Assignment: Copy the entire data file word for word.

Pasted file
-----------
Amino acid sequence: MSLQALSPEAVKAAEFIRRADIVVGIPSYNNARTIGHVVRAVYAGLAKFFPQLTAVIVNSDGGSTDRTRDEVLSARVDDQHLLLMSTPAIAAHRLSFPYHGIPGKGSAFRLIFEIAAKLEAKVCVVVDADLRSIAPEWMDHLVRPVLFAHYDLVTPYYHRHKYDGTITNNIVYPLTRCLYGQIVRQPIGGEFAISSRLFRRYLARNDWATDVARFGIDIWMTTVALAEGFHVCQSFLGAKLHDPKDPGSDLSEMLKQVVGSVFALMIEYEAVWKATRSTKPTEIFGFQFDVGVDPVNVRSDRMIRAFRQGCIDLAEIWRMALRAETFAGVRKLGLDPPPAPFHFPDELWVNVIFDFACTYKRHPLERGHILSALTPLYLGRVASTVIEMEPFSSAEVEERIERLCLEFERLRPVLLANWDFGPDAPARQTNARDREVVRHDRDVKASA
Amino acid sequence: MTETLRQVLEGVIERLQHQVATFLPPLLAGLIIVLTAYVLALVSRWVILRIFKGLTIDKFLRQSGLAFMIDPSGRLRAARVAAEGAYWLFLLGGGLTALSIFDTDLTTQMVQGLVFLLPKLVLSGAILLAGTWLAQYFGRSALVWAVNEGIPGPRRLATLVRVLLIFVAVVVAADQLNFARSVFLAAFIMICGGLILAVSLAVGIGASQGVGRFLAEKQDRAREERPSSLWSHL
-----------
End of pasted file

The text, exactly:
Amino acid sequence: MSLQALSPEAVKAAEFIRRADIVVGIPSYNNARTIGHVVRAVYAGLAKFFPQLTAVIVNSDGGSTDRTRDEVLSARVDDQHLLLMSTPAIAAHRLSFPYHGIPGKGSAFRLIFEIAAKLEAKVCVVVDADLRSIAPEWMDHLVRPVLFAHYDLVTPYYHRHKYDGTITNNIVYPLTRCLYGQIVRQPIGGEFAISSRLFRRYLARNDWATDVARFGIDIWMTTVALAEGFHVCQSFLGAKLHDPKDPGSDLSEMLKQVVGSVFALMIEYEAVWKATRSTKPTEIFGFQFDVGVDPVNVRSDRMIRAFRQGCIDLAEIWRMALRAETFAGVRKLGLDPPPAPFHFPDELWVNVIFDFACTYKRHPLERGHILSALTPLYLGRVASTVIEMEPFSSAEVEERIERLCLEFERLRPVLLANWDFGPDAPARQTNARDREVVRHDRDVKASA
Amino acid sequence: MTETLRQVLEGVIERLQHQVATFLPPLLAGLIIVLTAYVLALVSRWVILRIFKGLTIDKFLRQSGLAFMIDPSGRLRAARVAAEGAYWLFLLGGGLTALSIFDTDLTTQMVQGLVFLLPKLVLSGAILLAGTWLAQYFGRSALVWAVNEGIPGPRRLATLVRVLLIFVAVVVAADQLNFARSVFLAAFIMICGGLILAVSLAVGIGASQGVGRFLAEKQDRAREERPSSLWSHL